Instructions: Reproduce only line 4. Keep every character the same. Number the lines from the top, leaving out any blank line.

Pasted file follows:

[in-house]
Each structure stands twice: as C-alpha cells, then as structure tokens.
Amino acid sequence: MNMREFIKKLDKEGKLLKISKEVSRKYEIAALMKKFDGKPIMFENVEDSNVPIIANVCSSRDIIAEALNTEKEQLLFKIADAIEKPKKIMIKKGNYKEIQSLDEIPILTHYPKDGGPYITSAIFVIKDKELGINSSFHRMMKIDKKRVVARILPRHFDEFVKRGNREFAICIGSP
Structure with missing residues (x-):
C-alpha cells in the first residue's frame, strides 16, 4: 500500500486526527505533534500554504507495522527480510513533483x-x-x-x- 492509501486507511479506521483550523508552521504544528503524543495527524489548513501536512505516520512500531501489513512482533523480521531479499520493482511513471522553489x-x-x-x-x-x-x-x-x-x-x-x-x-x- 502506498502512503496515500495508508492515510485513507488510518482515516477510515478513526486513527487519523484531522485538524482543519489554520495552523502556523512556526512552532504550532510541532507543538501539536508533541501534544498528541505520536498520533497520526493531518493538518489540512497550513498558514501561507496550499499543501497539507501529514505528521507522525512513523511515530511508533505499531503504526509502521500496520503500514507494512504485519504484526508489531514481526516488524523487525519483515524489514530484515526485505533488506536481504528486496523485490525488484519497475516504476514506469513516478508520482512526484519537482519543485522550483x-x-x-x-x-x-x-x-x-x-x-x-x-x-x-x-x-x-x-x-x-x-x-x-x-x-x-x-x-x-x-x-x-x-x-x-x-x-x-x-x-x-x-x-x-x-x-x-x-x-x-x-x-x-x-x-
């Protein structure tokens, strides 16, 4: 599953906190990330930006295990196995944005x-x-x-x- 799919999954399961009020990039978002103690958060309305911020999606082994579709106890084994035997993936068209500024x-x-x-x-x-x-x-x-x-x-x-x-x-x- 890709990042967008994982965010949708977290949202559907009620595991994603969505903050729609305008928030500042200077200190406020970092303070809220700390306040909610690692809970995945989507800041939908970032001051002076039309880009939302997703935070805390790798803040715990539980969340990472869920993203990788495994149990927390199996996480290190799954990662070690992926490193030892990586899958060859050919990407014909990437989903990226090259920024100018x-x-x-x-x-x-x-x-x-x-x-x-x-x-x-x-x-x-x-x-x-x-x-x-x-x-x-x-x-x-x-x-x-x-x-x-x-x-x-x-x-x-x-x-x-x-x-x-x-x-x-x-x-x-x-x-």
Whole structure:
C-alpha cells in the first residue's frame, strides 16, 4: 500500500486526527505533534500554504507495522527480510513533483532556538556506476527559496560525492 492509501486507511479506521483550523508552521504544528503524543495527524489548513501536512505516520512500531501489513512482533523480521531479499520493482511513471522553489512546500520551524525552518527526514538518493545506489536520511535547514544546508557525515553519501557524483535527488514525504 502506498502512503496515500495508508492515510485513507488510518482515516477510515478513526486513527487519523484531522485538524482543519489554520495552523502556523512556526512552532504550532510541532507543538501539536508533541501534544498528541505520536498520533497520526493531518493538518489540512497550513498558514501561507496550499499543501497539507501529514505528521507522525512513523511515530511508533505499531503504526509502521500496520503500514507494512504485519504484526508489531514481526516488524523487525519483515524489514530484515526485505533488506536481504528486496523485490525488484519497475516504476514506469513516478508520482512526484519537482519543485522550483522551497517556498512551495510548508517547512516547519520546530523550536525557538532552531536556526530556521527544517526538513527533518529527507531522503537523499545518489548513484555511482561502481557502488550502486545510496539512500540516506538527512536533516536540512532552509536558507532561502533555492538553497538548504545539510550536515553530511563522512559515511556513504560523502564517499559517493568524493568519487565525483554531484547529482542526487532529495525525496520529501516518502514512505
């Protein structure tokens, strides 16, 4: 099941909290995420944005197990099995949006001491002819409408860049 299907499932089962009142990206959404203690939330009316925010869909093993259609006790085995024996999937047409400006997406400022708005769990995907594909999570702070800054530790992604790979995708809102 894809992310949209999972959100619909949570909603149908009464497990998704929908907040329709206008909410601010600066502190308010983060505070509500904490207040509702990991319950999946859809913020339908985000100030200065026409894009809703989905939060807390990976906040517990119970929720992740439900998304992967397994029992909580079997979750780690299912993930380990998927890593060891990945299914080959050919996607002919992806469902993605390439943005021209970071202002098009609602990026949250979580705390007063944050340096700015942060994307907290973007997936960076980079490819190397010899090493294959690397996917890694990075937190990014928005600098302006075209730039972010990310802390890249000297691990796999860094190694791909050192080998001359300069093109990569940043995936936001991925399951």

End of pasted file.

Structure with missing residues (x-):